Contra Costa deputy drowns at Lake Tahoe
SOUTH LAKE TAHOE, Calif. — An off-duty Contra Costa County deputy drowned at Lake Tahoe on Thursday afternoon while attempting to help a friend he thought was drowning.
Deputy Carlos Francies, 30, was visiting South Lake Tahoe with family and friends, spending the afternoon on El Dorado Beach near the intersection of Highway 50 and Lakeview Avenue, according to the South Lake Tahoe Police Department.
“Francies acted heroically in laying down his own life in his attempt to save another here in our city,” said public information officer Tracy Franklin. “We are deeply saddened at the loss of this brave public servant, and extend our deepest condolences to his family, to his agency and to his community.”
South Lake Tahoe rescuers and police were dispatched at 2:48 p.m. on a report of someone having drowned and who was being brought back into shore. Medics arrived and began CPR on an adult male subject who was not breathing. The subject was transported to Barton Memorial Hospital where he was later pronounced deceased.
According to authorities, Francies and his girlfriend, his sister and another male friend had rented paddles and kayaks near the beach.
Francies and his girlfriend were on the paddle boards, while his sister and the other man were on kayaks. The type of kayaks they were using permit a rider to stand on them as well as to sit. All four were in the lake, more than a 100 yards off shore, at a water depth of approximately 15 feet. Francies’ sister was the only one of the four wearing a life jacket. The winds were strong on the lake Thursday. A high wind warning for Lake Tahoe had been issued, with forecasts of winds gusting to 40 mph.
Francies and his girlfriend were close together on their paddle boards, while his sister and the other man were about 50 yards distant from them.
Francies saw his sister fall off of her kayak from a standing position. Their friend near to her jumped off his own kayak to assist her. While doing so, their friend kept hold of his paddle, as his own kayak drifted some distance away. After helping Francie’s sister back aboard her kayak, the man began swimming to retrieve his own kayak. Because he swam while still holding his paddle, it appeared to Francies from a distance that his friend was in distress.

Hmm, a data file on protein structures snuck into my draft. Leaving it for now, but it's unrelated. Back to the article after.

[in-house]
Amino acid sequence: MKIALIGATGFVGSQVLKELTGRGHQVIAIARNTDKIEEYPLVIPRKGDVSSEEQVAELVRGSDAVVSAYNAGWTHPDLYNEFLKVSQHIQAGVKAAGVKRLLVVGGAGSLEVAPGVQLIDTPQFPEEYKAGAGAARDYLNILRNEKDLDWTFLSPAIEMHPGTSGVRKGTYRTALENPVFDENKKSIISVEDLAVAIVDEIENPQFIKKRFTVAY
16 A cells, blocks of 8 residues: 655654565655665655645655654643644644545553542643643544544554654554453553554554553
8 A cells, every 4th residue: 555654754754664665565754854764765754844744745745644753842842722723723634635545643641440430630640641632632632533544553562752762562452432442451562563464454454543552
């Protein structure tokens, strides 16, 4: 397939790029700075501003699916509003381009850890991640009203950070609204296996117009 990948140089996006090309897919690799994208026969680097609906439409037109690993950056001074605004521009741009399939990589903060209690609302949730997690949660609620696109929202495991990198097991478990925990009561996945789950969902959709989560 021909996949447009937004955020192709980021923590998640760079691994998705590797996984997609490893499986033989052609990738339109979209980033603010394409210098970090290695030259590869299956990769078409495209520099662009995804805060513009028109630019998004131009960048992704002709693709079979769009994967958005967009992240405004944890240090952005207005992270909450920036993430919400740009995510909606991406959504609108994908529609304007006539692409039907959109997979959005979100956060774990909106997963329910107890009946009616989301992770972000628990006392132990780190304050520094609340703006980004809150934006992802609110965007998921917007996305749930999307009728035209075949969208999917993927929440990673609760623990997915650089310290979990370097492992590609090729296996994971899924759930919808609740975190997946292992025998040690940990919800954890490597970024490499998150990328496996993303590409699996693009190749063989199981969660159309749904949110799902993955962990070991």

Francies responded immediately in an effort to help his friend, who he believed may be near to drowning. He jumped into the water and began swimming the distance toward his friend. Almost immediately however, only about 20 feet or so from his paddle board, Francies began to falter and fall into distress himself.
He was struggling to stay on the surface and called to his girlfriend, a registered nurse, to toss him the life jacket from her paddle board. She tried to do so, but was forced to throw against the strong wind.
The life jacket fell far short of Francies. She then jumped into the water to retrieve the life jacket and bring it toward Francies. While doing so, she could see him begin to sink. She was able to get to him with the life vest before he sank completely, but it appeared he had gone unconscious. Another unidentified citizen arrived to help and they were able to bring Francies into shallow enough water that they could stand. At this point other people witnessing the event brought a paddle board to them and helped to put Francies, now fully unconscious, onto the board. His girlfriend began CPR with Francies still on paddle board while making their way to the shore. Medics arrived and assisted at the shore.
During the event, Francies’ friend had made it safely back to his kayak.
Francies’ sister had fallen once again into the lake while the rescue attempts were being concentrated on Francie.
She was able to get onto her kayak but was struggling to get back to shore against the strong wind. Someone on a motorized personal water craft was able to assist her safely back to shore.